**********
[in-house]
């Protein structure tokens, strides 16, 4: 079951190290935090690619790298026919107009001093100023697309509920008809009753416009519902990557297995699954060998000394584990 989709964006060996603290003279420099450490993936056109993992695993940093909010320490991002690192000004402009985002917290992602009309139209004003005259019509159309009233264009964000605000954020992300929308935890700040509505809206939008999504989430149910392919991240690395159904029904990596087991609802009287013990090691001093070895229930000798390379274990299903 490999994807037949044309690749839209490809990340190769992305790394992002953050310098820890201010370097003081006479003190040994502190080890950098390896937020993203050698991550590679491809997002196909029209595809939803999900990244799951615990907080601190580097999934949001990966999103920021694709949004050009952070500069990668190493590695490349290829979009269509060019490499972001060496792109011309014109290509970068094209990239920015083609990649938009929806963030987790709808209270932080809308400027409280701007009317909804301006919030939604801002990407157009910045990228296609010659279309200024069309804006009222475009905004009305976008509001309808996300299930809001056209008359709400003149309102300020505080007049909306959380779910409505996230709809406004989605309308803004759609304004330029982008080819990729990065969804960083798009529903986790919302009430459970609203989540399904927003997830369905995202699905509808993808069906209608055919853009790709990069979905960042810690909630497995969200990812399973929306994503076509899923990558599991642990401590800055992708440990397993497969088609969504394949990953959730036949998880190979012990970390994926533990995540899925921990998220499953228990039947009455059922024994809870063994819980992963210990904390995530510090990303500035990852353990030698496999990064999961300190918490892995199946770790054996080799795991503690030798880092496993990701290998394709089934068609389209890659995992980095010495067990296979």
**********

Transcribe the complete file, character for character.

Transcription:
[in-house]
């Protein structure tokens, strides 16, 4: 079951190290935090690619790298026919107009001093100023697309509920008809009753416009519902990557297995699954060998000394584990 989709964006060996603290003279420099450490993936056109993992695993940093909010320490991002690192000004402009985002917290992602009309139209004003005259019509159309009233264009964000605000954020992300929308935890700040509505809206939008999504989430149910392919991240690395159904029904990596087991609802009287013990090691001093070895229930000798390379274990299903 490999994807037949044309690749839209490809990340190769992305790394992002953050310098820890201010370097003081006479003190040994502190080890950098390896937020993203050698991550590679491809997002196909029209595809939803999900990244799951615990907080601190580097999934949001990966999103920021694709949004050009952070500069990668190493590695490349290829979009269509060019490499972001060496792109011309014109290509970068094209990239920015083609990649938009929806963030987790709808209270932080809308400027409280701007009317909804301006919030939604801002990407157009910045990228296609010659279309200024069309804006009222475009905004009305976008509001309808996300299930809001056209008359709400003149309102300020505080007049909306959380779910409505996230709809406004989605309308803004759609304004330029982008080819990729990065969804960083798009529903986790919302009430459970609203989540399904927003997830369905995202699905509808993808069906209608055919853009790709990069979905960042810690909630497995969200990812399973929306994503076509899923990558599991642990401590800055992708440990397993497969088609969504394949990953959730036949998880190979012990970390994926533990995540899925921990998220499953228990039947009455059922024994809870063994819980992963210990904390995530510090990303500035990852353990030698496999990064999961300190918490892995199946770790054996080799795991503690030798880092496993990701290998394709089934068609389209890659995992980095010495067990296979």